Missed Opportunities

    More surprising than Scalia's attitudes this week were the Texas attorney's weak arguments.

    "Now's not the time to lower diversity"? Jesus Christ, why not say "you're wrong, I'm right"? Wouldn't we demand our money back, look for better support than this?

    Try it this way -

    1) Justice Scalia's contention that blacks need college with training wheels is wrong - it's a guess with no backing statistics - blacks frequently have adverse circumstances affecting their *application* for college, but not so much their performance and ability to catch up while there.

    2) Even the business world is adapting to the idea that college-like or standard HR entrance tests aren't a perfect indicator of capability, nor a predictor of ability to perform. I heard a presentation from Google re: their carefully balanced approach that every employee needs to master. We need qualitative approaches to approximate these very fuzzy chances.

    3) put another way - these are human beings - no one knows if a student will party too much and flunk out or if a laggard will get excited and hit the books hard. No one knows if a straight A student will come out and excel in the business world, or will fall on his or her face - just as we couldn't predict how many high school dropouts would be billionaires. We play the odds, but those odds are hugely flawed unless we calibrate and improve on those odds.

    4) Since we can't be completely sure about the numbers, we do what schools and employers have done for hundreds of years - we look at circumstantial evidence, surrounding factors, life stories, assessment of background challenges and inequalities, even the way the student carried him/herself or looks at the examiner - to see if they might have the spark to succeed or the flagging spirit to fail.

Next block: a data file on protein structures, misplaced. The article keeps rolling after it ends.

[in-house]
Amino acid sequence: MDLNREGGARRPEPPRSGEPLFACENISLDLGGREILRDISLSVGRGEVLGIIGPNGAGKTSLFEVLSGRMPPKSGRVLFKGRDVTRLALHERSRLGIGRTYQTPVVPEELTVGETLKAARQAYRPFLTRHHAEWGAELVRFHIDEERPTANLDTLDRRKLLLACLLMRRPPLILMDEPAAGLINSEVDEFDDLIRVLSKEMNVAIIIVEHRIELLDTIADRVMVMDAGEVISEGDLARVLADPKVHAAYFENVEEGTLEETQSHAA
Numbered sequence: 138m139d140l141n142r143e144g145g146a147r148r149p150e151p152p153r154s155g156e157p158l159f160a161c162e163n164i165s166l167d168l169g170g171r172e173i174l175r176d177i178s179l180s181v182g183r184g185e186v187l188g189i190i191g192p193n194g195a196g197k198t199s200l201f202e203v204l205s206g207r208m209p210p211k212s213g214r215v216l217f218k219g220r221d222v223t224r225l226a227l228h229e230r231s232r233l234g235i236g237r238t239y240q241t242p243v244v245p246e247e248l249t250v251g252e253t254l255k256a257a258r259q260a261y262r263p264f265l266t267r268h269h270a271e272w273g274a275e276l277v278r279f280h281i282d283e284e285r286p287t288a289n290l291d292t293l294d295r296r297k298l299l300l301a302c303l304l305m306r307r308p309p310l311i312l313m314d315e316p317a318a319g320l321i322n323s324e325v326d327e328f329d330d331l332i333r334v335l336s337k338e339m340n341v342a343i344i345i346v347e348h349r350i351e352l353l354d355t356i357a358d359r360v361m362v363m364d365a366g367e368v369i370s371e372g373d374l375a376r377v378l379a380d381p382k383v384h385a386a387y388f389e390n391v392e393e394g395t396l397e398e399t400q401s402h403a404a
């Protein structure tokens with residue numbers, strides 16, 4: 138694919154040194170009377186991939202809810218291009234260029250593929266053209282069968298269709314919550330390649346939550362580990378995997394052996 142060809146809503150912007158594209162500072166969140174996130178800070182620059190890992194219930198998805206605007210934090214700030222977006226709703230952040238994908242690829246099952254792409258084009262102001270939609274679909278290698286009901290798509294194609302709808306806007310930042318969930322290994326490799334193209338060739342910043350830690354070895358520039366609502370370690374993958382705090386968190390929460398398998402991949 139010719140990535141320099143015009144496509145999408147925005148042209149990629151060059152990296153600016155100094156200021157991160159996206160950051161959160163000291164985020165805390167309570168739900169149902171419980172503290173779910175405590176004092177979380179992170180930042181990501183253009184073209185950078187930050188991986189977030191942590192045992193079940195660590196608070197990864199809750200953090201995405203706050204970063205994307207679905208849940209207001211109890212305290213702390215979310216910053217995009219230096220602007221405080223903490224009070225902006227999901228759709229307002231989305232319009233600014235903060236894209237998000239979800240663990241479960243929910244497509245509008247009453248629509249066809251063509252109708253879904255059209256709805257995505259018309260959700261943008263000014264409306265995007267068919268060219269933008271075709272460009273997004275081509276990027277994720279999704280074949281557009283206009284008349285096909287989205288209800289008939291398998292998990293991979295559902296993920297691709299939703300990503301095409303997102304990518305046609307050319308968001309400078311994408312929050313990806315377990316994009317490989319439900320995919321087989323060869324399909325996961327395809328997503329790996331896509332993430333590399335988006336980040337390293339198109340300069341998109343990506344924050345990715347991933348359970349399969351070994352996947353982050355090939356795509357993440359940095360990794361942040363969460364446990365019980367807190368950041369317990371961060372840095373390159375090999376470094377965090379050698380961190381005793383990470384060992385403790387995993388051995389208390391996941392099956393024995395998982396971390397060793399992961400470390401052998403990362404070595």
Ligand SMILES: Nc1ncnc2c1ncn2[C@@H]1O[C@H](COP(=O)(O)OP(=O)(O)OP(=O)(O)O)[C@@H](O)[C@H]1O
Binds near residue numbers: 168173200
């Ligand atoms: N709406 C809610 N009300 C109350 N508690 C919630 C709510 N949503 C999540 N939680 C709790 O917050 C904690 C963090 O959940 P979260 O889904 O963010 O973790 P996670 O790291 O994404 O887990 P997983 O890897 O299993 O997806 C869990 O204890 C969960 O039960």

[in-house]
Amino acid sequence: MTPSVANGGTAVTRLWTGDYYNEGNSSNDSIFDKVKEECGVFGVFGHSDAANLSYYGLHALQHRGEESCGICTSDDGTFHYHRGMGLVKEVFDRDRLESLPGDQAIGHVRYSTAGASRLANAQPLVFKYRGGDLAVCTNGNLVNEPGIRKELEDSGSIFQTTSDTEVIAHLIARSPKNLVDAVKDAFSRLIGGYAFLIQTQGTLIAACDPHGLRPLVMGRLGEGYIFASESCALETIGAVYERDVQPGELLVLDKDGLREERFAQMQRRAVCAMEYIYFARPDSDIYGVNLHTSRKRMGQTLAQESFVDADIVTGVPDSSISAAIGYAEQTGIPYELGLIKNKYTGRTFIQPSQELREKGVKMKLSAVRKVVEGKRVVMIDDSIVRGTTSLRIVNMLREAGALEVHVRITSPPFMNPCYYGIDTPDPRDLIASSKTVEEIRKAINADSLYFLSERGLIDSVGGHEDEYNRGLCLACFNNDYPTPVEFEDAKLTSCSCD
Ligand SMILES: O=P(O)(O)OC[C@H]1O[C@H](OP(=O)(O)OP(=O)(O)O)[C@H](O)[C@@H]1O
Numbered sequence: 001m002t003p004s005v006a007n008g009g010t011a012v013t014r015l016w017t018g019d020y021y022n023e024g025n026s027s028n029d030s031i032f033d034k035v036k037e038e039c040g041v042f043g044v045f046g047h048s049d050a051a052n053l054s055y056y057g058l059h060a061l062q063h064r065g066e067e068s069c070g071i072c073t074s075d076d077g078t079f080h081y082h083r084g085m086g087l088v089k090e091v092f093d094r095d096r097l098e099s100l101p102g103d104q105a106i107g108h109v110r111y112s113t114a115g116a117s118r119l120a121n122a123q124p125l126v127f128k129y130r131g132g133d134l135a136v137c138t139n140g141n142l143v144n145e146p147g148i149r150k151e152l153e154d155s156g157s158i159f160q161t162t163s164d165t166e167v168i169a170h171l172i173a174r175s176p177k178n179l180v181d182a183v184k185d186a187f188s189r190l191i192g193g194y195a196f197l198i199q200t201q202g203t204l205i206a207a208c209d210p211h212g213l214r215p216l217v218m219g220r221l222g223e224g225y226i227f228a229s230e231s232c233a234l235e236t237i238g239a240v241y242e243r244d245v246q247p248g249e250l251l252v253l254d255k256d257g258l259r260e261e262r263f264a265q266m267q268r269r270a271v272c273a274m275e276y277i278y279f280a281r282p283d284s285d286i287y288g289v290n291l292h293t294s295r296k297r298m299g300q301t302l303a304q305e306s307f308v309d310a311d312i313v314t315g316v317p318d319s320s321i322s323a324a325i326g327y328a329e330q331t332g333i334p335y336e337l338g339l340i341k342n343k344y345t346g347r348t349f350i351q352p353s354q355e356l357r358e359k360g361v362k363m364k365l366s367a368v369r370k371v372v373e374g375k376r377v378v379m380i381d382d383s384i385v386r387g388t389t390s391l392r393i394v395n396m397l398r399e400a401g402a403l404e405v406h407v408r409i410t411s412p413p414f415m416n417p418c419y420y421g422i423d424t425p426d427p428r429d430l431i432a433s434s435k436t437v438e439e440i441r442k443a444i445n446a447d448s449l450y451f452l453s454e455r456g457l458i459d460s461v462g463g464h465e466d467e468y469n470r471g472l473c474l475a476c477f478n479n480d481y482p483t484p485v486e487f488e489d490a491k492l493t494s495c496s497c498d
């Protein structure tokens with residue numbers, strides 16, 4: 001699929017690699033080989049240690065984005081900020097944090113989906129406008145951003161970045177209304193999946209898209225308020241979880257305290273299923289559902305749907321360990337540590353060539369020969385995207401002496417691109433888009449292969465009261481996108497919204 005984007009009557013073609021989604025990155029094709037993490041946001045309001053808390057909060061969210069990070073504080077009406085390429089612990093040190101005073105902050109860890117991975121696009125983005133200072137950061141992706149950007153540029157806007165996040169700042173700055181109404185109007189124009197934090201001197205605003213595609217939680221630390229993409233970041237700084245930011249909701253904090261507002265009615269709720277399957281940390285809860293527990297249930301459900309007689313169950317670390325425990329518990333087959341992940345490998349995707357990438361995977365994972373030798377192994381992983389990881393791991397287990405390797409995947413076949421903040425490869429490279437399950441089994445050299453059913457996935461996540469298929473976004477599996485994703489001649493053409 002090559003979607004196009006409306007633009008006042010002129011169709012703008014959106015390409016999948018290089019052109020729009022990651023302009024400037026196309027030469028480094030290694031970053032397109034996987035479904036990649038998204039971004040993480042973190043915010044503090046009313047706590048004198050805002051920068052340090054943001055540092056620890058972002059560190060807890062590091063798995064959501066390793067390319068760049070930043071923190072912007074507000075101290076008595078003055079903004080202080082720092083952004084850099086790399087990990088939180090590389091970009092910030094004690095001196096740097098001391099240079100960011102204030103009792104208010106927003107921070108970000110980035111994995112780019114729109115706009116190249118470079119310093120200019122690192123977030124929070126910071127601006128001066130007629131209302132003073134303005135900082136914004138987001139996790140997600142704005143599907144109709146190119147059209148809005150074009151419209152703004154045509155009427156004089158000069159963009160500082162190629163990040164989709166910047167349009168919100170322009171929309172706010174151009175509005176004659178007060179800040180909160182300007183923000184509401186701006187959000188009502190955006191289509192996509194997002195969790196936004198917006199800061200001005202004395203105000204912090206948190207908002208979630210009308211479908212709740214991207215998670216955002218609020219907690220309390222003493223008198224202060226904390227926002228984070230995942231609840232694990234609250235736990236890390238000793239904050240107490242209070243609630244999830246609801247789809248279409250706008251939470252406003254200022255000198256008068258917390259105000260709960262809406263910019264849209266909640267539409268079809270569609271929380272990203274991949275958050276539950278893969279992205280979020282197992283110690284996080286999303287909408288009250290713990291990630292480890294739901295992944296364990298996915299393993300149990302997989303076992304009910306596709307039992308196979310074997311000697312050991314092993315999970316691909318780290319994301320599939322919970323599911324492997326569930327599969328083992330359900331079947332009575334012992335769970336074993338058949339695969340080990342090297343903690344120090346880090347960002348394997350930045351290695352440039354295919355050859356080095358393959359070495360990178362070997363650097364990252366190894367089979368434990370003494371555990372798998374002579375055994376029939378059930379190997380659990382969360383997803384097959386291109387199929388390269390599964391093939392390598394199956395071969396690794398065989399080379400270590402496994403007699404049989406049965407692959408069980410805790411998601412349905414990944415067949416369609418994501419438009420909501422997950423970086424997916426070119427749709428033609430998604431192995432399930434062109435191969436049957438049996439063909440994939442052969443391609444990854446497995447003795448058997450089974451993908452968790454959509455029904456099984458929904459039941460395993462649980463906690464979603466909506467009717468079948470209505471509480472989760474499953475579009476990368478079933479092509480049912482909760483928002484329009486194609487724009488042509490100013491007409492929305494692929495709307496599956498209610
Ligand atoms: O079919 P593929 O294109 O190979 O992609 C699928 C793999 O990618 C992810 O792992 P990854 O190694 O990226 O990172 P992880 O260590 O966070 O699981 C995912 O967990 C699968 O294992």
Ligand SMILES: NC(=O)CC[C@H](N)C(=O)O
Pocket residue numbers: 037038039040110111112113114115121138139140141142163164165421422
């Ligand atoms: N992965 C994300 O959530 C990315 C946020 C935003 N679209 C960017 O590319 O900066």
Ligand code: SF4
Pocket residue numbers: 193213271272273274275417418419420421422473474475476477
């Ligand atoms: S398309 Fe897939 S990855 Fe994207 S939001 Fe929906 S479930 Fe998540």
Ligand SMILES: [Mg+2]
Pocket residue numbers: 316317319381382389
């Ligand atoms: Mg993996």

Oh wait, we can't do that in colleges, as that's been struck down as arbitrary, so we assign measures that give a roughly quantitative measure of ability plus situational handicap (standard for any golf players out there) and come up with a mechanistic approach to dealing with the unequal playing field of life, race, region, wealth, et al. That a student could afford a tutor to cram him/her on the ACTs doesn't assure that same student will successfully write an intelligent term paper or consistently answer brightly in class - just one of the uncertainties we try to adjust to.

    5) The work world is not a "whites only" club, and no longer predominantly male. American universities have an obligation to prepare students for the many types of environments they will encounter after graduation, whether their peers, their bosses, their subordinates or their customers. Most universities are teaching subject matter tied to real-world context these days.